Comment: Once again, there has been no public explanation about why these changes are being made. It will be interesting, therefore, to track the reaction of airport authorities and airport stationed law enforcement groups to this proposed new regime.

• Immigration ‘consultants’

Division 15 of Part 4 enacts the College of Immigration and Citizenship Consultants Act. This creates a new self-regulatory regime governing immigration and citizenship consultants. It provides that the purpose of the CIC Consultants is to regulate immigration and citizenship consultants in the public interest and protect the public.

Comment: This has long been an issue of public concern as these self-designated immigration ‘consultants’ all too frequently financially exploit persons seeking entry to Canada or processing through our bureaucratic system, with seemingly little consequences. Bill C-97 will create a new private entity to oversee these activities and requires the Minister to establish a code of professional conduct which the self-regulating body will supposedly enforce. Given the failures of this approach in the past, it is unclear why this College of Immigration and Citizenship Consultants will be any different.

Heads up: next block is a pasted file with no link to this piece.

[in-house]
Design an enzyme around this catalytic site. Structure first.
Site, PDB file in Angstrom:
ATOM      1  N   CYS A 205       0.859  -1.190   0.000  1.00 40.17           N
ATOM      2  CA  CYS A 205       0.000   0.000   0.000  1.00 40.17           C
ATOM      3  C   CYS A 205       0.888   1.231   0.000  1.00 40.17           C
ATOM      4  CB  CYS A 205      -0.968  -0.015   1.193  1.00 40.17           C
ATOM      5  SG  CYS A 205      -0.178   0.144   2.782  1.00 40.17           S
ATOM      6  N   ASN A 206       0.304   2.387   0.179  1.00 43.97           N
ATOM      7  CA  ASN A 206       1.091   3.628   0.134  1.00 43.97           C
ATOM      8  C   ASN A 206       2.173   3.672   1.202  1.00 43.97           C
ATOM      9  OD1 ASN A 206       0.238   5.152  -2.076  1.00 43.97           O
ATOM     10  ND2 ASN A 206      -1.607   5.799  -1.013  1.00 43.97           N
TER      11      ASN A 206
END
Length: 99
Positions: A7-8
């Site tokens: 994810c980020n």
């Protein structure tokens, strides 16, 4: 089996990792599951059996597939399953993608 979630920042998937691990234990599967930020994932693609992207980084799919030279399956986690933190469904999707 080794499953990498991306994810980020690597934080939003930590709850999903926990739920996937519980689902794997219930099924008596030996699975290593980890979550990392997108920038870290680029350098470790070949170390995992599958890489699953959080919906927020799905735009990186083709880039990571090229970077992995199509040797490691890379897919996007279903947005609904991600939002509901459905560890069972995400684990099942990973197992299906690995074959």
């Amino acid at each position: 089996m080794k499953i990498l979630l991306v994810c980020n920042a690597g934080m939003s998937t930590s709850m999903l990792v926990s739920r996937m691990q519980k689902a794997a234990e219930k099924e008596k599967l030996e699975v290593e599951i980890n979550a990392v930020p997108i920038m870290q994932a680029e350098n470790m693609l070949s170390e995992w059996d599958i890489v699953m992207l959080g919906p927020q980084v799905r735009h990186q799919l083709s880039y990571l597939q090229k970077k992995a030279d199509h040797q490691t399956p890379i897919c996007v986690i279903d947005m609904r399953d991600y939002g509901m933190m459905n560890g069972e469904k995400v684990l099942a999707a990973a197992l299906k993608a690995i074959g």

• Refugee eligibility and case processing

This is the part of C-97 which has clearly generated the most public attention with the proposed changes being seen as both a betrayal of Canada’s commitment to helping persons in need of protection, including through mass migration in contravention of our existing laws, and an admission that disincentives are required to prevent people from entering Canada illegally between designated ports of entry.

Division 16 of Part 4 amends the Immigration and Refugee Protection Act to introduce a new ground of ineligibility for refugee protection (s.101, c.1) if a claimant has previously made a claim for refugee protection in another country. It also appears to create a different and expedited process that excludes the Refugee Protection Division for considering such claims with restrictions on eligibility for interim status approval while claims are being adjudicated.

Comment: Minister Blair has been less than clear about exactly what the changes will be and the amendments themselves leave multiple questions including:

  • Does the exception require a refugee claim having been determined in another country?
  • Which other countries does this apply to?
  • What happens if the other country refuses to accept them… will they be returned to their country of origin?